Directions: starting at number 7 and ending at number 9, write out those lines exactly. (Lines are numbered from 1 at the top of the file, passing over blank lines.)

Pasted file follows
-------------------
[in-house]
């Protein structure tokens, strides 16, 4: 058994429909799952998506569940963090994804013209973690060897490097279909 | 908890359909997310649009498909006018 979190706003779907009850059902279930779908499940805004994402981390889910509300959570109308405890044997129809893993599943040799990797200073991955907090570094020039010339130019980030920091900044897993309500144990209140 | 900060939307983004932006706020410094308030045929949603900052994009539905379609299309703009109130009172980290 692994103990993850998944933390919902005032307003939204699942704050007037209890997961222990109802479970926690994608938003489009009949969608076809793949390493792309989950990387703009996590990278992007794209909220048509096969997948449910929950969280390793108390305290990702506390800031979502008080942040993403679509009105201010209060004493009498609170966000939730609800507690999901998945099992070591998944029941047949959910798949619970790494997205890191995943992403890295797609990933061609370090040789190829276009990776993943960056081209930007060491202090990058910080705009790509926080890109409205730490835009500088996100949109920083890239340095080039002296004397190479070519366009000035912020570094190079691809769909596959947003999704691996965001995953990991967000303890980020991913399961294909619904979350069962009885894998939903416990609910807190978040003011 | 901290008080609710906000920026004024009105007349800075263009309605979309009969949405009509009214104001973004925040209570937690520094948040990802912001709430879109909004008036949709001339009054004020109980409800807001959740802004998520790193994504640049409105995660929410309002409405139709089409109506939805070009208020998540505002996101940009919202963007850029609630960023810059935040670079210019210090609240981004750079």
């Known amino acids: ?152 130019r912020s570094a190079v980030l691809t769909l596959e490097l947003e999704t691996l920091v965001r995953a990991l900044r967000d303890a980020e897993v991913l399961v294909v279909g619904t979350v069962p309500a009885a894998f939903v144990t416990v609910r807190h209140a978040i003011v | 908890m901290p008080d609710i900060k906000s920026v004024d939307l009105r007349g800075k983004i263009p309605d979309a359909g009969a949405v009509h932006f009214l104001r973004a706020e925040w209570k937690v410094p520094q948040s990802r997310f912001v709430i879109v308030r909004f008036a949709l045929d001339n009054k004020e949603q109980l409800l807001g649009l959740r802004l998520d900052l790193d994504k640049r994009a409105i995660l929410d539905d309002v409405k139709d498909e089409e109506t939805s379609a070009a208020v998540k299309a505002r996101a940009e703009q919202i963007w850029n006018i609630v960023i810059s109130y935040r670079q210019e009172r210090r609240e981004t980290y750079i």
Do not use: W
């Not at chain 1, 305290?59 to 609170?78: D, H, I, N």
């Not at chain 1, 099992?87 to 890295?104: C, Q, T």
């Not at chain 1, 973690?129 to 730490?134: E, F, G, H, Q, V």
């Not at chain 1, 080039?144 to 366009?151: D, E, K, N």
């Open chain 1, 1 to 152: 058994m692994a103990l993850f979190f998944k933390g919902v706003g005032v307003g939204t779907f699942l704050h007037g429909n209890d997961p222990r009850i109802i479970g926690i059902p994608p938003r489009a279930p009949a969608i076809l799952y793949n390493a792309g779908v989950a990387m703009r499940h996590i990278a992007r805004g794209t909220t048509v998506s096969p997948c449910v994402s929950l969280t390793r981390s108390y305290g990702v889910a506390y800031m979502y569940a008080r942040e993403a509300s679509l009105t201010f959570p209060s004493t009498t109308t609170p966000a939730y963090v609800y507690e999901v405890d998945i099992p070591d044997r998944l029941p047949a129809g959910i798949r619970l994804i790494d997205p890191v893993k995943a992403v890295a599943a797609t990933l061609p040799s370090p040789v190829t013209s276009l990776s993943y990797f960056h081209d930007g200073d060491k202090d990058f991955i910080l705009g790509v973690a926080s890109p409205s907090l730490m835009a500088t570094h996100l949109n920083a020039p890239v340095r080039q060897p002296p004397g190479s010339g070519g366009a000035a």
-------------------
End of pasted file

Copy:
């Not at chain 1, 973690?129 to 730490?134: E, F, G, H, Q, V």
């Not at chain 1, 080039?144 to 366009?151: D, E, K, N």
């Open chain 1, 1 to 152: 058994m692994a103990l993850f979190f998944k933390g919902v706003g005032v307003g939204t779907f699942l704050h007037g429909n209890d997961p222990r009850i109802i479970g926690i059902p994608p938003r489009a279930p009949a969608i076809l799952y793949n390493a792309g779908v989950a990387m703009r499940h996590i990278a992007r805004g794209t909220t048509v998506s096969p997948c449910v994402s929950l969280t390793r981390s108390y305290g990702v889910a506390y800031m979502y569940a008080r942040e993403a509300s679509l009105t201010f959570p209060s004493t009498t109308t609170p966000a939730y963090v609800y507690e999901v405890d998945i099992p070591d044997r998944l029941p047949a129809g959910i798949r619970l994804i790494d997205p890191v893993k995943a992403v890295a599943a797609t990933l061609p040799s370090p040789v190829t013209s276009l990776s993943y990797f960056h081209d930007g200073d060491k202090d990058f991955i910080l705009g790509v973690a926080s890109p409205s907090l730490m835009a500088t570094h996100l949109n920083a020039p890239v340095r080039q060897p002296p004397g190479s010339g070519g366009a000035a």